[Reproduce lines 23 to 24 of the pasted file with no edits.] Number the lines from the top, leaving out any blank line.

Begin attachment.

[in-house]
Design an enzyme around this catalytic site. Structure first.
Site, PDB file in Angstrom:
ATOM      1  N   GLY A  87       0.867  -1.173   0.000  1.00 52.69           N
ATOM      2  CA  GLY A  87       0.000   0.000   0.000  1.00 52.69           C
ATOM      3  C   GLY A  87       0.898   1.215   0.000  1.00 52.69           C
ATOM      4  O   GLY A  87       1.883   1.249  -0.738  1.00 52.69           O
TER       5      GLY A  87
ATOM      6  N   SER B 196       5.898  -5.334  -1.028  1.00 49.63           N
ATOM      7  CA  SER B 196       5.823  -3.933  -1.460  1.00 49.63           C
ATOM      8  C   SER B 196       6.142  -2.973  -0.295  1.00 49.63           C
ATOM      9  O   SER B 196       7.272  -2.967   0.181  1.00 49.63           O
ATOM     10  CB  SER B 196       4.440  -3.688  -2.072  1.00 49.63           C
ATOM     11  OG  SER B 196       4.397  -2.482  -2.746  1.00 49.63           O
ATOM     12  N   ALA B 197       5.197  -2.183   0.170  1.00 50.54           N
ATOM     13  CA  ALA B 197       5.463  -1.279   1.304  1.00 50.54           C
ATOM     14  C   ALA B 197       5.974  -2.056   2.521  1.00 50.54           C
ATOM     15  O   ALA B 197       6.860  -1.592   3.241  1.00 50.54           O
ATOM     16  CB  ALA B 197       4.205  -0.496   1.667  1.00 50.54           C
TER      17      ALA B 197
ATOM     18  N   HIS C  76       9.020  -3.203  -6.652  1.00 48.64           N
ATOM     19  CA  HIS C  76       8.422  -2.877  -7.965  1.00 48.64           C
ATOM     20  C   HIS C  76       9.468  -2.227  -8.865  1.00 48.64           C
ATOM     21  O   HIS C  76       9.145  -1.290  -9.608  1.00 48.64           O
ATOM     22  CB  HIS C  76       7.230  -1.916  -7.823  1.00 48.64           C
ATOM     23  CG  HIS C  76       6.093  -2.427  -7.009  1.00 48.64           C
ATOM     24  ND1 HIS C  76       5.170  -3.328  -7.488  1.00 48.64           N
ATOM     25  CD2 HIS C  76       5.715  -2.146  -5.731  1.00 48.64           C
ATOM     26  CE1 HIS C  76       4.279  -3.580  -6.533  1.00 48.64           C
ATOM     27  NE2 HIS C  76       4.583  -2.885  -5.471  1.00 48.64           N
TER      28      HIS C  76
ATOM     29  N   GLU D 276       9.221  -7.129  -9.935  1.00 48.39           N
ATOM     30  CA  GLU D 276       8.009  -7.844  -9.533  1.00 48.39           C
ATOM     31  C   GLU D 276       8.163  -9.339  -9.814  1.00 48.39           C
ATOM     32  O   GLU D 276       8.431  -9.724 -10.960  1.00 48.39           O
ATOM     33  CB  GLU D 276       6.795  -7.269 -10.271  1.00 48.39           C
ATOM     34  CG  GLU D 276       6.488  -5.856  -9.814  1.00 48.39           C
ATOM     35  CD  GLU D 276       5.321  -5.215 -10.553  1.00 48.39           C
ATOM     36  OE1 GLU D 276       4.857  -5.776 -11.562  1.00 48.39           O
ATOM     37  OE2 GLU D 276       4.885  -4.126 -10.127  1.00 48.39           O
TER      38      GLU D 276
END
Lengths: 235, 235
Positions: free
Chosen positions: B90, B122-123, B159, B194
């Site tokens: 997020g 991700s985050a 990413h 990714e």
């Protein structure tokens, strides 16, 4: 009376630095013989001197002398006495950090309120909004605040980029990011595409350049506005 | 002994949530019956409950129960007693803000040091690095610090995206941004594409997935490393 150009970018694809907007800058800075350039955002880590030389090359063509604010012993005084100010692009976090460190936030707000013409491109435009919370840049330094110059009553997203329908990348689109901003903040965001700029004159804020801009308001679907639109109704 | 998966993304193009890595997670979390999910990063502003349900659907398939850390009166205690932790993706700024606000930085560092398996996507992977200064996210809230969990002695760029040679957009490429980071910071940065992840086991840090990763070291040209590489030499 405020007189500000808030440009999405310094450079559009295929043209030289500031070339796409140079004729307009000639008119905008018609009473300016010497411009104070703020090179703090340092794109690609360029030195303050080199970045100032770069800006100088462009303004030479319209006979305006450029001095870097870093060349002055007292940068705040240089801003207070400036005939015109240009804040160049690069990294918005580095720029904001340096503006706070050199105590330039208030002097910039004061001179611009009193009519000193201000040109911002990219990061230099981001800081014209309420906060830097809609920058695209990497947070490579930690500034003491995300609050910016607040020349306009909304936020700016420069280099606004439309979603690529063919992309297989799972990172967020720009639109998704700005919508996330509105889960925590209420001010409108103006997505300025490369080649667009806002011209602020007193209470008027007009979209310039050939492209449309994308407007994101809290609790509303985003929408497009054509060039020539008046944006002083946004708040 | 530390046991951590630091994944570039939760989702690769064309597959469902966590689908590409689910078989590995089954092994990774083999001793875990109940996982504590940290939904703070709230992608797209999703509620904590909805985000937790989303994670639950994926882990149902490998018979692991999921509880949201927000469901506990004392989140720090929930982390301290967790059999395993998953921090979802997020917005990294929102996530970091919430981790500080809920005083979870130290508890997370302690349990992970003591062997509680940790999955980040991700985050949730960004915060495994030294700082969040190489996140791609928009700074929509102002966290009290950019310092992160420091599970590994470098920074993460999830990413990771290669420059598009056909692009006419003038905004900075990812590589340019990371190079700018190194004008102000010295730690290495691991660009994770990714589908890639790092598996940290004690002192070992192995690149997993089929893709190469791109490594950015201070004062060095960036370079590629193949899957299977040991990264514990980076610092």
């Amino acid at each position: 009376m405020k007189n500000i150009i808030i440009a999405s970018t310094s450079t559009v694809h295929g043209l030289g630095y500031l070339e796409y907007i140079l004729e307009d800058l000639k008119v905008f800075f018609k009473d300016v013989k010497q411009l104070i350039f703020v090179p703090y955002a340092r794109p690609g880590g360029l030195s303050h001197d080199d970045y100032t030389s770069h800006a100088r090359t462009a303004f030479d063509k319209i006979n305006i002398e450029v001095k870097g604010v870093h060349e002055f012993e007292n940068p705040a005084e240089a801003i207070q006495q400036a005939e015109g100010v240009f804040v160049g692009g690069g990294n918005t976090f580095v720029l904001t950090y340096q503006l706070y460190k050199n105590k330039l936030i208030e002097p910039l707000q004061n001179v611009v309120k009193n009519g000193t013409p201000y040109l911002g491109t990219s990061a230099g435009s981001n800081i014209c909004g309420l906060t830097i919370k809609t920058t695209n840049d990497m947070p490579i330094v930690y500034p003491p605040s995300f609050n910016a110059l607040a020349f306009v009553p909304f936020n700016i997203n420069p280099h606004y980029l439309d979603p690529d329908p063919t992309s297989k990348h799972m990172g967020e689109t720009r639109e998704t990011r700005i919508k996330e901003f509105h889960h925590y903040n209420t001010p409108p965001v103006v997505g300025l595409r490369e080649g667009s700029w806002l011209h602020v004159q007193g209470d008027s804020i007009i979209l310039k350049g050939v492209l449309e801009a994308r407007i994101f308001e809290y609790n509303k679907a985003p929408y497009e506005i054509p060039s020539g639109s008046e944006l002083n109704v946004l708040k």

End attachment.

ATOM     20  C   HIS C  76       9.468  -2.227  -8.865  1.00 48.64           C
ATOM     21  O   HIS C  76       9.145  -1.290  -9.608  1.00 48.64           O